Overall, though, the deconstruction proved difficult for many of the chefs, like Ron — shocker! Just when he thought he had paella all figured out, Eli explained to him that part of the dish should be crispy, and that’s when Ron looked shell-shocked. (I can’t decide who’s more clueless, Ron or Robin. Care to weigh in?) Ron always makes dishes he thinks he knows how to make (i.e. clam chowder) only to realize he actually doesn’t know the dish at all. He clearly has no idea what he’s doing…ever. I can’t believe he’s made it this far.

And if Robin hadn’t won immunity, she would be another one struggling with the concept. But, no, since she had immunity, Robin was taking the night off. And this is where I started drinking the Robin Haterade. I don’t hate on her for using the cancer card, but I hate on her for being lazy and saying that since she has immunity, she can enjoy her moment of glory, as she put it. That is why she needs to get kicked off — because a good chef knows that just because you have immunity doesn’t mean you can kick back and relax. Every opportunity to cook is an opportunity to wow the judges. Sure, the judges’ decisions are made on a dish-to-dish basis, but I’m sure they subconsciously keep track of everyone’s history. She just doesn’t get it. (Also, Laurine deserves a special shout out for pointing out how annoying it is when Robin makes a comment about every single thing. Thank you, Laurine!)

NEXT: The V. boys big talk

Someone who actually seemed to like this challenge was Michael V., who deconstructed a Caesar salad. I loved all of the elements of his plate — from the encapsulated dressing to the brioche bread he baked himself. But you better believe Bryan didn’t like this, and in his typical childish way, called his brother a ”show off.” I’m so over the Voltaggio bickering. Unless we see some fighting words between the two on camera, not just in their confessional asides, they’re going to need to end this rivalry story line. It’s the same thing every week. Do they not talk to each other when the cameras are rolling?

Back to the episode: When it came time to pick the favorites, Michael V. of course had one of the best dishes, along with Kevin, Ashley, and much to her own surprise, Jen. The Philadelphia chef, who is classically trained, admitted that deconstruction was not her thing. But even with little planning and, in her opinion, a poorly plated dish, her meat lasagna still wowed the judges.

I thought all of them deserved to be at the top, even Ashley who has had such a spotty record on the show. Her pot roast, which Bernstein fell in love with, was one of the best cooked pieces of meat of the bunch.

But in the end, Kevin took home the win for his balanced chicken mole. It was a truly well thought-out dish (classic Kevin style) that proved to the judges how hard he had worked. With his well-deserved win he received a set of Calphalon nonstick cookware. Now I know that seems like the lesser of the prizes — kind of like on The Price is Right when you get the China dish set as opposed to the brand new car. But, hey, Calphalon is nice stuff. I’d take it.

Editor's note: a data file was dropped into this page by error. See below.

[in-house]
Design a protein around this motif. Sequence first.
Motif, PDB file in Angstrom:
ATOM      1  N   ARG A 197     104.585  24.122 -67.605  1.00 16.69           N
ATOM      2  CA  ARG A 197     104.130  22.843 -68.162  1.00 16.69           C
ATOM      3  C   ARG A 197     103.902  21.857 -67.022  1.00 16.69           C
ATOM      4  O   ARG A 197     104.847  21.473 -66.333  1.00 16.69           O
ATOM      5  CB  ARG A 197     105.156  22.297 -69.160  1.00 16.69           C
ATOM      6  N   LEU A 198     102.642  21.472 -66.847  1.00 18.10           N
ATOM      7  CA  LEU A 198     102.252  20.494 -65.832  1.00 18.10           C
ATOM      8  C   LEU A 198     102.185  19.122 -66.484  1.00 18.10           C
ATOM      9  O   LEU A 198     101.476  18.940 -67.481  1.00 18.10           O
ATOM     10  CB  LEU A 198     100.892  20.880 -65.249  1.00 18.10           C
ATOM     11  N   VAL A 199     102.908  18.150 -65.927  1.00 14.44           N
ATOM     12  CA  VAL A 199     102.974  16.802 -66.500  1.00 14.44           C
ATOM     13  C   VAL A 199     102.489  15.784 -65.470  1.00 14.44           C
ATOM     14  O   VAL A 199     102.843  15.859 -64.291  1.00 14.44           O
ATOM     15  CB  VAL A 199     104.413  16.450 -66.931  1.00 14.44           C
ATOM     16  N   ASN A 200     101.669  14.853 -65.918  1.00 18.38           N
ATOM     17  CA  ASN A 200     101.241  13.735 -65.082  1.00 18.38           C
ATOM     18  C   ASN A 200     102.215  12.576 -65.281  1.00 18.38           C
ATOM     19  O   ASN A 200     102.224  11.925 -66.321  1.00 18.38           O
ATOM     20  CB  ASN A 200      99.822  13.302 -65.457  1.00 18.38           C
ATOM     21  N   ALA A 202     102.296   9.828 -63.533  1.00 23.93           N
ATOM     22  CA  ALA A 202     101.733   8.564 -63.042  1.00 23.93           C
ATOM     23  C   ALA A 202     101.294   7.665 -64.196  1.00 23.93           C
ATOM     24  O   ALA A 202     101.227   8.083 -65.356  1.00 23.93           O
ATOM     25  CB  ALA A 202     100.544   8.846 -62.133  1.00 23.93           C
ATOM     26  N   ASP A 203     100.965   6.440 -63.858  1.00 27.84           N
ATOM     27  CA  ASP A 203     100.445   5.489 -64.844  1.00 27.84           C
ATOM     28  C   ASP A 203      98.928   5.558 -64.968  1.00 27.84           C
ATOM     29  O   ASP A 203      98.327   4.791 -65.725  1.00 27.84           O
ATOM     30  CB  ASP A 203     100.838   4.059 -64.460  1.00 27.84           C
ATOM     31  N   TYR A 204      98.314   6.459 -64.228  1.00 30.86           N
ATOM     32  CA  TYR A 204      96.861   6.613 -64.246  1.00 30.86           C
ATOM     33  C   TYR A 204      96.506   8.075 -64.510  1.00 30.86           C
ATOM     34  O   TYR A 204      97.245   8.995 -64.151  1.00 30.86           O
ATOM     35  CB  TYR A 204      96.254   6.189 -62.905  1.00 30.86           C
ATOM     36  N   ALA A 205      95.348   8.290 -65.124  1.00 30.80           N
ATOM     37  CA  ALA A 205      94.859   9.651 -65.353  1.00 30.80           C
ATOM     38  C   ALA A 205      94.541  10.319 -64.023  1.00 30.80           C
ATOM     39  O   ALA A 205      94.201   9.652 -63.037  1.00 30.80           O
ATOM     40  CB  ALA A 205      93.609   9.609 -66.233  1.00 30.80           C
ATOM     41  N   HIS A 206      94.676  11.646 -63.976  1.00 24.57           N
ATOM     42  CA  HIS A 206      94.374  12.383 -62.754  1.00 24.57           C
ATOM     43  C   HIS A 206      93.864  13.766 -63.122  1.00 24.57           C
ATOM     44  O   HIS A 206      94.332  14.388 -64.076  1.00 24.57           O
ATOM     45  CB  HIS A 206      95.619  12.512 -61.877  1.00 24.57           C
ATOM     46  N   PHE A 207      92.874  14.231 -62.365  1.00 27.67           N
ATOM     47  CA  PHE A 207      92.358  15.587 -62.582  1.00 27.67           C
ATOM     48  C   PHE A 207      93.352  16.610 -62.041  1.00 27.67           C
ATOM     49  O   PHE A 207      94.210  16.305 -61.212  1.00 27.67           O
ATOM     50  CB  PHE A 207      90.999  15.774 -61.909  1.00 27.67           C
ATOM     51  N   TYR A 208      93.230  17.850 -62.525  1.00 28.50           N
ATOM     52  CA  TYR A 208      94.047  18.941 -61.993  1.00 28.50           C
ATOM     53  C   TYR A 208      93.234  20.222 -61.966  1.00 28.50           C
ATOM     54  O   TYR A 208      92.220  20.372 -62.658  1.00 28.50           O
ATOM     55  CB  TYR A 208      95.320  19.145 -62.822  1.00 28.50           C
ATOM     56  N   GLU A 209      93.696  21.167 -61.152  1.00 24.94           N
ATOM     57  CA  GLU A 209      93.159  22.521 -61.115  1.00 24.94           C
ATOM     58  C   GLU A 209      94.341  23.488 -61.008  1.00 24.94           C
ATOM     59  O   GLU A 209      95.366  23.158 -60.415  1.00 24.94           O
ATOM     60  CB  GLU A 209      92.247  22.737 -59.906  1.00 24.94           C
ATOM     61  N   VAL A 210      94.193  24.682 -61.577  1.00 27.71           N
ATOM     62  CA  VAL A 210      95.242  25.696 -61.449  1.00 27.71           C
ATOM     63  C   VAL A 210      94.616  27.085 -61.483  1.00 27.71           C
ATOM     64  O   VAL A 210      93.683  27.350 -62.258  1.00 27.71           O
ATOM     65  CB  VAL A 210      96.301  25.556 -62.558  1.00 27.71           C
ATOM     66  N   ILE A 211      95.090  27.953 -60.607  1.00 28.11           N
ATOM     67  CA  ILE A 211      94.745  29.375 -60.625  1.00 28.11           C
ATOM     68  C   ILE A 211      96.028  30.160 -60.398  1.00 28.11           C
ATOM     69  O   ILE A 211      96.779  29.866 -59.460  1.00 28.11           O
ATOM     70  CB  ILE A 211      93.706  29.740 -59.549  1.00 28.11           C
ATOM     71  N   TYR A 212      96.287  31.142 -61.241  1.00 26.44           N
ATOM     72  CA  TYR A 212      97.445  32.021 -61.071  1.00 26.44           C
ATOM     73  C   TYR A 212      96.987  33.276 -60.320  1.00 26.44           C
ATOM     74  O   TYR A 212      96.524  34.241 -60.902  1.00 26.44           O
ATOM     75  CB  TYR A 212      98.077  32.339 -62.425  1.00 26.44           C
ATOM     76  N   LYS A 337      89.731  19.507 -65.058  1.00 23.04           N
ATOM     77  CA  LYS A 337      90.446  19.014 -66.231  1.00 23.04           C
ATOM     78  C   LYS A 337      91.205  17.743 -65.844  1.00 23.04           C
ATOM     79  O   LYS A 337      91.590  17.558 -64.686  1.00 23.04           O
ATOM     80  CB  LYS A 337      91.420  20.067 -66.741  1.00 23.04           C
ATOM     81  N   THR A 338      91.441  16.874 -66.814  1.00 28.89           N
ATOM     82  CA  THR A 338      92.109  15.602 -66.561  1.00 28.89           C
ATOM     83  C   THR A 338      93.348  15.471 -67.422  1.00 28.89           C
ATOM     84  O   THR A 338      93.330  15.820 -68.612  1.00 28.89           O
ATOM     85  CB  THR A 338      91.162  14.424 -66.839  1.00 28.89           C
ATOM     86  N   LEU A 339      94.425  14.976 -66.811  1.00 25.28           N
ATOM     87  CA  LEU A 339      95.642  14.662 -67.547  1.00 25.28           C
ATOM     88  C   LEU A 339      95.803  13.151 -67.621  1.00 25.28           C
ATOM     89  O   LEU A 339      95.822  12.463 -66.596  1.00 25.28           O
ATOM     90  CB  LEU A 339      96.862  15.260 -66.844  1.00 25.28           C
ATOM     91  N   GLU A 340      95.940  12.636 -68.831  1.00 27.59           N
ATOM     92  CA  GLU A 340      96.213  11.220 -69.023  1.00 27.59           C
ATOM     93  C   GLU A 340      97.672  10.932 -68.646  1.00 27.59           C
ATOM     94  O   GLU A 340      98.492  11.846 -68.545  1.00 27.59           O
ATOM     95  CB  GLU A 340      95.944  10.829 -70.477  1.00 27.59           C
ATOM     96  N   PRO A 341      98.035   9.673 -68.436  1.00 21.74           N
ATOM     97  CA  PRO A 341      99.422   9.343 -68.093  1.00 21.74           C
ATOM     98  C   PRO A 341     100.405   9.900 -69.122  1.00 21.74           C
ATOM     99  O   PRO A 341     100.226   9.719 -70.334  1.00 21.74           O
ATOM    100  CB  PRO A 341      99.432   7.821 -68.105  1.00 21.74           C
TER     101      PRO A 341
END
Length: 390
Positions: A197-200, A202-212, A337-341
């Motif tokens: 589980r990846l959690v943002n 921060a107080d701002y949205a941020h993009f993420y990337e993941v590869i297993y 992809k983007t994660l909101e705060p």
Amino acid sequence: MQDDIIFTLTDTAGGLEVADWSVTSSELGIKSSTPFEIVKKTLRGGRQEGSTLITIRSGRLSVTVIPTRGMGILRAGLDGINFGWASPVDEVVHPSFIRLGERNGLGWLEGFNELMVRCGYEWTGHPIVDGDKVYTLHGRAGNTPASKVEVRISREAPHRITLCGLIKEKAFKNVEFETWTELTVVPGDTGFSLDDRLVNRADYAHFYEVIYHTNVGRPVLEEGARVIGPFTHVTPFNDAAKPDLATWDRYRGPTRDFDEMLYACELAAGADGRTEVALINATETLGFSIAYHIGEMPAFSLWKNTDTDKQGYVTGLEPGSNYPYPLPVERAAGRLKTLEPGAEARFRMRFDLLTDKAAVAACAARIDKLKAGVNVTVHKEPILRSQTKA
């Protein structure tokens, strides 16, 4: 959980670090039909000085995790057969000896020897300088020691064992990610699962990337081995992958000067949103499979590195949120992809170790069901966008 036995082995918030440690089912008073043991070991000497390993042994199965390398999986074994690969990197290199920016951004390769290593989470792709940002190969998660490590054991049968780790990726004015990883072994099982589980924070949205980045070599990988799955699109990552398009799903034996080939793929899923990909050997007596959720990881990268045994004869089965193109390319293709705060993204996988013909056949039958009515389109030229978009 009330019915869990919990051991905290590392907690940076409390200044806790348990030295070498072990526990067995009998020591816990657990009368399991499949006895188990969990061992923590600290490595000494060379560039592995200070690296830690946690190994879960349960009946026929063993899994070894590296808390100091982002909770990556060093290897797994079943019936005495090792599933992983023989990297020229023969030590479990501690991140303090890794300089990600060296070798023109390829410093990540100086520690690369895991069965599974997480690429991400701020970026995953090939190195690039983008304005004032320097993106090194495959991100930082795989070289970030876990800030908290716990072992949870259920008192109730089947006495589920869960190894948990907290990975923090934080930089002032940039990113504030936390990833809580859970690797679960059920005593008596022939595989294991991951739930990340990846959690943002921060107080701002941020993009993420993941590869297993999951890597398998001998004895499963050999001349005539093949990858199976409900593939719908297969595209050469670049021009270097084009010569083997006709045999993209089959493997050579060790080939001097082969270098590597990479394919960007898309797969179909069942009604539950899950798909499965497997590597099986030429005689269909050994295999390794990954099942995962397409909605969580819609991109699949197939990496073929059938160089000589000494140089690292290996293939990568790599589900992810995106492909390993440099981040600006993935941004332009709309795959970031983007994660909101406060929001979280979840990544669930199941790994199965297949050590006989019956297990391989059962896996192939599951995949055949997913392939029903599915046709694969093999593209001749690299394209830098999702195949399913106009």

As for the worst of the bunch, Ash, Laurine, and Ron were in the bottom three. Ash, who chose shepherd’s pie, admitted that he didn’t know how to make the dish and just his luck, British judge Toby Young was back to point out just how bad Ash had prepared his native dish. For a meal that is two-thirds potato, there was no potato. Sure, Ash swapped out the potato in the last minute because it was too gummy, but he had to see that one coming.

Laurine also had a potato problem. Her fish and chips were more (overcooked) fish and no chips due to a re-crisping problem that left her with only 14 plate-worthy chips — two for each judge. But the chip situation wasn’t even Bernstein’s main gripe; it was that Laurine deconstructed her fish and chips so much that it was too hard to put back together I didn’t really know what this meant, but apparently that meant Laurine didn’t follow the parameters of the challenge.

But Ron, in typical Ron style, did everything wrong. He not only failed to deconstruct his paella, but also didn’t even cook the rice properly. As Toby pointed out, it was dry and soggy at the same time. Huh? I’m not sure how that’s possible, but it sounds really unappetizing regardless.

At least Ash and Laurine admitted their mistakes and had some sort of effort in their dishes — as slight as that effort might have been, but Ron was way off base and for that, he and his paella were sent home. About time if you ask me!

But really, if I could change the rules of the game, I would’ve sent Robin home. Her clam chowder was ”repulsive” (Toby) and ”congealed” (Padma) and seemed to be even more off base than Ron’s dish. Having immunity made Robin think she could make whatever she wanted and I’m sure the judges so wanted to kick her off if they could. Here’s to next week when Robin and Mike I. are paired together and the results are, of course, disastrous.

Did you guys think Ron deserved the boot? How much longer do you think Robin will last? And did anyone else notice — no ceviches last night!

Tom, Padma, and Gail tell the cheftestants to pack their knives and go.